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|— Town —|
Bootle shown within Merseyside
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|Postcode district||L20, L30|
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Bootle (pronounced //) is a town within the Metropolitan Borough of Sefton in Merseyside. The town was formerly known as Bootle-cum-Linacre and has a total resident population of 77,640.[disputed ]
Historically in Lancashire, Bootle's economy has been centred on the docks and their associated industries for decades.
- 1 Geography and administration
- 2 History
- 3 Education
- 4 Transport
- 5 Amenities
- 6 Pollution
- 7 Politics
- 8 The expansion of Bootle docks
- 9 Notable people
- 10 See also
- 11 References
- 12 External links
Geography and administration
Bootle Docks was created as a part of the Mersey Docks and now promoted as Port of Liverpool, with the Liverpool and Wirral Docks, being located on both bank sides of the River Mersey. Bootle Docks are situated at the northern end, that is closer to the Irish Sea estuary.
Bootle, along with Southport, is one of the two main administrative headquarters for the Metropolitan Borough of Sefton. Among Bootle's neighbouring districts are Kirkdale to the south, Walton to the east, with Seaforth, Litherland and Netherton to the north. To the west the it is bounded by the River Mersey. In the centre is a sizeable area of large office blocks, and the Leeds and Liverpool Canal.
The old civic centre of Bootle contains large Victorian buildings such as the town hall and the municipal baths. To the north lies the New Strand Shopping Centre, which gained notoriety after the abduction and murder of two-year-old James Bulger in 1993.
Etymologically Bootle derives from the Anglo Saxon Bold or Botle meaning a dwelling. It was recorded as Boltelai in the Domesday Book in 1086. By 1212 the spelling had been recorded as Botle. The spellings Botull, Bothull and Bothell are recorded in the 14th century. In the 18th century, it was known as Bootle cum Linacre.
Bootle was originally a small hamlet built near the 'sand hills' or dunes of the river estuary. The settlement began to grow as a bathing resort for wealthy residents of Liverpool in the early 19th century. Some remaining large villas which housed well-to-do commuters to Liverpool are located in the area known locally as 'Bootle Village'.
The Liverpool, Crosby and Southport Railway arrived in the 1840s and Bootle experienced rapid growth. By the end of the 19th century the docks had been constructed along the whole of the river front as far as Seaforth Sands to the north. The town became heavily industrialised. Bootle was incorporated as a municipal borough in 1868 under the Municipal Corporations Act 1835, and was granted the status of a county borough by the Local Government Act 1888 in 1889, becoming independent from the administrative county of Lancashire. During this time period it was sometimes formally known as Bootle-cum-Linacre. Orrell was added to the borough in 1905. There are still large areas of Victorian terraced houses in Bootle, formerly occupied by dock workers. These are built in distinctive pressed red brick.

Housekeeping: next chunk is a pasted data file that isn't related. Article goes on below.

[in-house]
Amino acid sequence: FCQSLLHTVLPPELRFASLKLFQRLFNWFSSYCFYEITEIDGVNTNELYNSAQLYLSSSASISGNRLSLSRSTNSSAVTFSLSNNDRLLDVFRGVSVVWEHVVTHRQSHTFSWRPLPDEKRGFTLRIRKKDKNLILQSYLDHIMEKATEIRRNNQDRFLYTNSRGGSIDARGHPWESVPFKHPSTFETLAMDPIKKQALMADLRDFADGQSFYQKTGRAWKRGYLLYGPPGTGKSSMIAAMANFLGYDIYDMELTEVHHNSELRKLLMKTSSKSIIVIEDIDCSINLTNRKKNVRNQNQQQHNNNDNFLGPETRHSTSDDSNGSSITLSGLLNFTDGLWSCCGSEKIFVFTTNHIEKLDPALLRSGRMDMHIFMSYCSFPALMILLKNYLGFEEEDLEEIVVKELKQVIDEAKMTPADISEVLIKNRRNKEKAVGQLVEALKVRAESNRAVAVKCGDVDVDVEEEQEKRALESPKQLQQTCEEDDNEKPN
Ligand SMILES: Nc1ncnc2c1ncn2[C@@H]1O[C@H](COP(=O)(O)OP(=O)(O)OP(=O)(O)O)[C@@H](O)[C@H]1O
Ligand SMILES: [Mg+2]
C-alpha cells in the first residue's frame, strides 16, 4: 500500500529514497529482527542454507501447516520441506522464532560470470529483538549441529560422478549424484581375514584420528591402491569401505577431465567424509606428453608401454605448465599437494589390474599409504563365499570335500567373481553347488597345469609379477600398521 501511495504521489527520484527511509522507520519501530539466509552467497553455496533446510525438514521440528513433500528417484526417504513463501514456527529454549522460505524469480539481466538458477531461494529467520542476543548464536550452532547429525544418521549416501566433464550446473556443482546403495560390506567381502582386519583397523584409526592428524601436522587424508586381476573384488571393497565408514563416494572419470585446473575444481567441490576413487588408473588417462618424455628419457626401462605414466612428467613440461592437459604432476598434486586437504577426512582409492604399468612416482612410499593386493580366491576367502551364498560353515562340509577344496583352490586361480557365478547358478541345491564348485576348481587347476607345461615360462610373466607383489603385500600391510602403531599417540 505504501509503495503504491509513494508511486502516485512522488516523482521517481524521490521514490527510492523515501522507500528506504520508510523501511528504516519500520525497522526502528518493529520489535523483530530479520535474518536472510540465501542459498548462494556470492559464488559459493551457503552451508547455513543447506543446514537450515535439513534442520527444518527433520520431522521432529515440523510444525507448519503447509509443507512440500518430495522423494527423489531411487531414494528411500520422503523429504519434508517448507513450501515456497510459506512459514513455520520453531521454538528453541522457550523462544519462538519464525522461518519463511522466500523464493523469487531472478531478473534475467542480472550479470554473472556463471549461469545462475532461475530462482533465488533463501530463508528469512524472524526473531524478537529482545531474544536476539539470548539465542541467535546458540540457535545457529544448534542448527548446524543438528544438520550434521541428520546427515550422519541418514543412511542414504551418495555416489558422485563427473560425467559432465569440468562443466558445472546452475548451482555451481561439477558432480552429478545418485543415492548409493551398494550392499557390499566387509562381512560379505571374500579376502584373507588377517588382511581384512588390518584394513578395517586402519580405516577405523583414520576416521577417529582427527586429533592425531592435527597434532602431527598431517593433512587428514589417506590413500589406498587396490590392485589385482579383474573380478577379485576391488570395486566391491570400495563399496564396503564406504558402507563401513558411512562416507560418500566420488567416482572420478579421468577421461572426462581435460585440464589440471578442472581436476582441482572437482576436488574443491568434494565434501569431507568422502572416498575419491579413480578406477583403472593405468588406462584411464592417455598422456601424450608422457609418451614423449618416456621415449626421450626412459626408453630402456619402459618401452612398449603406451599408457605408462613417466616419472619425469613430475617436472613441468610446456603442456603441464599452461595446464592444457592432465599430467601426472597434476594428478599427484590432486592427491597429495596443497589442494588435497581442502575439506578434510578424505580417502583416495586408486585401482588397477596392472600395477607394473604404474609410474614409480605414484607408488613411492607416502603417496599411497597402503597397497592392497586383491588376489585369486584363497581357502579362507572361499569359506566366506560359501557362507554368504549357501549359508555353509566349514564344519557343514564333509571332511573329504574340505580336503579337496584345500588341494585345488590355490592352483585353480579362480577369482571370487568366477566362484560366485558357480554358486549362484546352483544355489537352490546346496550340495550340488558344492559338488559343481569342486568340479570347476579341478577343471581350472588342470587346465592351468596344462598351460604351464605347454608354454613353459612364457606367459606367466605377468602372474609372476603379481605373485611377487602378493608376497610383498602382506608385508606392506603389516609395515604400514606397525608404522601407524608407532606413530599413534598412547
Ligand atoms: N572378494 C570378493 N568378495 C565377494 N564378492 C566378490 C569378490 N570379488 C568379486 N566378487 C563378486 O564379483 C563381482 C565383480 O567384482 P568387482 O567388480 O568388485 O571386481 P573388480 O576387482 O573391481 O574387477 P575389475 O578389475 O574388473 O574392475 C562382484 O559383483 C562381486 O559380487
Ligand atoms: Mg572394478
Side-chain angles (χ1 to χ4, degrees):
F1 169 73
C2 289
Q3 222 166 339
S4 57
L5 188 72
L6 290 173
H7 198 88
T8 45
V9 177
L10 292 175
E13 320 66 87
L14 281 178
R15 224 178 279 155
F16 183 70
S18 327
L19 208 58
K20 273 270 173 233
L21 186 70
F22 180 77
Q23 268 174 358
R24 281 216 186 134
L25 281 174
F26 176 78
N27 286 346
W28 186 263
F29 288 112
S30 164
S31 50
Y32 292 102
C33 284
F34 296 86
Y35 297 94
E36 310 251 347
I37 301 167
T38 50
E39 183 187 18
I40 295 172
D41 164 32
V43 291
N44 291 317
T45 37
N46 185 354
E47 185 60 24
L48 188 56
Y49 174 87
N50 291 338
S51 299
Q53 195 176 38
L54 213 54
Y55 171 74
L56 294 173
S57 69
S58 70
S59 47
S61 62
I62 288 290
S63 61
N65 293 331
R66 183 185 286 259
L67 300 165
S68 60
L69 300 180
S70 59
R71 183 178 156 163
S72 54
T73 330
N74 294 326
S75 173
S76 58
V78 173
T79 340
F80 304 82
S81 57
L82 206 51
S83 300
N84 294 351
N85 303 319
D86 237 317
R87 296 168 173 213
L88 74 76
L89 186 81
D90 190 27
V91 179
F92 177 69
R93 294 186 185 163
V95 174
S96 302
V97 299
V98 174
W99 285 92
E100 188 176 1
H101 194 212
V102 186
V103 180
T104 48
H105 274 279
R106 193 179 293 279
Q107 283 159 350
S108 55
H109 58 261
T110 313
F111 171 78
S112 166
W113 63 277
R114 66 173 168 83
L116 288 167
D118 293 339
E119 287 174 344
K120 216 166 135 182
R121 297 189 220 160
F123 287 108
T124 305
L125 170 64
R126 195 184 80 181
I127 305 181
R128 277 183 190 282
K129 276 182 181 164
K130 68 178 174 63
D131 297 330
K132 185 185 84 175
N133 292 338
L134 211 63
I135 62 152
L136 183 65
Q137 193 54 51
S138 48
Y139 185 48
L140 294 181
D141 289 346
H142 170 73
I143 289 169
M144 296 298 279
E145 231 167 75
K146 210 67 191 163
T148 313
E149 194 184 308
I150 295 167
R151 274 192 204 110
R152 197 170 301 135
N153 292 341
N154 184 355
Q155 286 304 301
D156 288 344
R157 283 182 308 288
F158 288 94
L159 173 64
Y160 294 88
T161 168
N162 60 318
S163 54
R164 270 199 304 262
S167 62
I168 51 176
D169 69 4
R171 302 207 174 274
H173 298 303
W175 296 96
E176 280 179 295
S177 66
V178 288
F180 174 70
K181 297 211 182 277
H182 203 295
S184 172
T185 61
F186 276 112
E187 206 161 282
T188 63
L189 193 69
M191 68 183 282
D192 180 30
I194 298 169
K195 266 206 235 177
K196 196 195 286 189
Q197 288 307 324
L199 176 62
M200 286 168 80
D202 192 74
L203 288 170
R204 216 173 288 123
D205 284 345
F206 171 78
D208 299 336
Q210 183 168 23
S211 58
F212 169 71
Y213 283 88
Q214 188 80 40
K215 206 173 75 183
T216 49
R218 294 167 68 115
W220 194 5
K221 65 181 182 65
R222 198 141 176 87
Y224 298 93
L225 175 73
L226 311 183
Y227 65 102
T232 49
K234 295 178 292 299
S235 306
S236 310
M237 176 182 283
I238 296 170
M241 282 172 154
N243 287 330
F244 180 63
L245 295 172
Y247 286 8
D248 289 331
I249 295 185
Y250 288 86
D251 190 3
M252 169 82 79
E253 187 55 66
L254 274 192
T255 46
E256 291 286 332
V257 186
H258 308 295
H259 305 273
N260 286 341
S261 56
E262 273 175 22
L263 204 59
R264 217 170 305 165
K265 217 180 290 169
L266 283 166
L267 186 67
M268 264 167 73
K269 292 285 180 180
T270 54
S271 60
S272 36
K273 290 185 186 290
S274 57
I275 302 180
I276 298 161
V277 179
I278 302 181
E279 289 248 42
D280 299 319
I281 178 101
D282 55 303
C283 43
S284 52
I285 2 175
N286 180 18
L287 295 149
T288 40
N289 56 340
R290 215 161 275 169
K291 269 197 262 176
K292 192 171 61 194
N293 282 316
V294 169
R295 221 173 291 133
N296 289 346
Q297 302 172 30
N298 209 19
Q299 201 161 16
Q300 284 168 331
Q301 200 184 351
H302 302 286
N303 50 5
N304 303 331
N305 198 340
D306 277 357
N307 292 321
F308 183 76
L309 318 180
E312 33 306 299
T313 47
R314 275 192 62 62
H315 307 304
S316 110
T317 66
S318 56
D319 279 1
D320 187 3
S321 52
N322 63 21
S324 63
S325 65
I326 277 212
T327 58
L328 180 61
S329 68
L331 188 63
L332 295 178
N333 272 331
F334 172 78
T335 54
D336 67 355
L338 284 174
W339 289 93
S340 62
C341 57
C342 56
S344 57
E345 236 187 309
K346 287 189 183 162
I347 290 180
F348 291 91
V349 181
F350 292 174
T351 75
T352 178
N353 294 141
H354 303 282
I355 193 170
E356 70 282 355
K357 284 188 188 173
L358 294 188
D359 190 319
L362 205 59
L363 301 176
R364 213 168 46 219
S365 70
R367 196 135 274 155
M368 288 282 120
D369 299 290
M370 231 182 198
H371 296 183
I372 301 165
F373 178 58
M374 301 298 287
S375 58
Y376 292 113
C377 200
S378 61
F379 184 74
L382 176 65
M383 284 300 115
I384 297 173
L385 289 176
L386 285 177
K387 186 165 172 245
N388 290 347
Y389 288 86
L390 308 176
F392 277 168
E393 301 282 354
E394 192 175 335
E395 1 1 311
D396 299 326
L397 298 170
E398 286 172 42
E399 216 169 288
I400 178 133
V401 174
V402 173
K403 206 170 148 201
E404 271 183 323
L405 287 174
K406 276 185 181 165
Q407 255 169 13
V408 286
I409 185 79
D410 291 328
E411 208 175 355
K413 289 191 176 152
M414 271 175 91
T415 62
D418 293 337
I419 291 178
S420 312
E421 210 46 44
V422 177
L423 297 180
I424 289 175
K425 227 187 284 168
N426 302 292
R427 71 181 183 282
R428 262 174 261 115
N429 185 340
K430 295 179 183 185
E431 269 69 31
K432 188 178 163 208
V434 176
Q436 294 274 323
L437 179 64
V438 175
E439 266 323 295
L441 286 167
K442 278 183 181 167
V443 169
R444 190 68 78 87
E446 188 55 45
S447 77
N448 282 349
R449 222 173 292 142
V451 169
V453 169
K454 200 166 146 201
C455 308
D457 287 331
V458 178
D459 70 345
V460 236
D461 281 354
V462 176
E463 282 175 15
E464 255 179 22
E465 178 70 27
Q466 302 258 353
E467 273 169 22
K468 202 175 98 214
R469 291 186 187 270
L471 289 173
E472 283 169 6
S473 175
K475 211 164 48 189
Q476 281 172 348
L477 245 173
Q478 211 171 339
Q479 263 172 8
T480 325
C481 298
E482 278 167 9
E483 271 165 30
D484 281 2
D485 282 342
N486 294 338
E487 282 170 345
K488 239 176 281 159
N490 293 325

Bootle's town hall and other municipal buildings were erected in the last quarter of the 19th century. The population of the town swelled during this period, boosted by Irish immigration and the attraction of plentiful work on the docks. The wealth to pay for the splendour of the town hall and the gentrified 'Bootle Village' area was generated by these docks. The skilled workers lived in terraced houses in the east of the town, while the casual dock labourers lived in cramped, dwellings near the dockside. Stories about three streets in particular caused great alarm. They were Raleigh Street, Dundas Street and Lyons Street. The last was the scene of a crime dubbed 'The Teapot Murder' by local press. Lyons Street was so notorious that it metaphorically 'died of shame' and was renamed Beresford Street shortly before the Great War.
Bootle was remarkable in other, more positive ways. It was the first borough to elect its own school board, following the passage of Forster's Education Act of 1870. In 1872 Dr R.J. Sprakeling was appointed the first Medical Officer of Health, and was instrumental in improving sanitary conditions in the town. The Metropole Theatre on Stanley Road played host to stars such as music hall singer Marie Lloyd. The emporia in the Stanley Road and Strand Road areas of the town were filled with goods from all over the British Empire. Tree lined streets surrounded magnificent open spaces, such as Derby Park, North Park and South Park. Beautiful Roman Catholic and Anglican churches sprang up all over the town, and Welsh immigration brought with it Nonconformist chapels and the temperance movement. Local societies thrived, including sports teams, scouts and musical groups. The Bootle May Day carnival and the crowning of the 'May Queen' were real highlights of the social year. The town successfully fought against absorption by neighbouring Liverpool in 1903. This was a matter of some civic pride to the people of Bootle and the Latin motto of the town, 'Respice, Aspice, Prospice,' (look to the past, the present, the future) was emblazoned on school buildings, stationery, the local press, police uniforms and all manner of other places. The development of the area can be seen by looking back at one of the earliest old Ordnance Survey maps of the area published by Alan Godfrey Maps (ISBN 9780850542455) and what it looks like now on Multimap.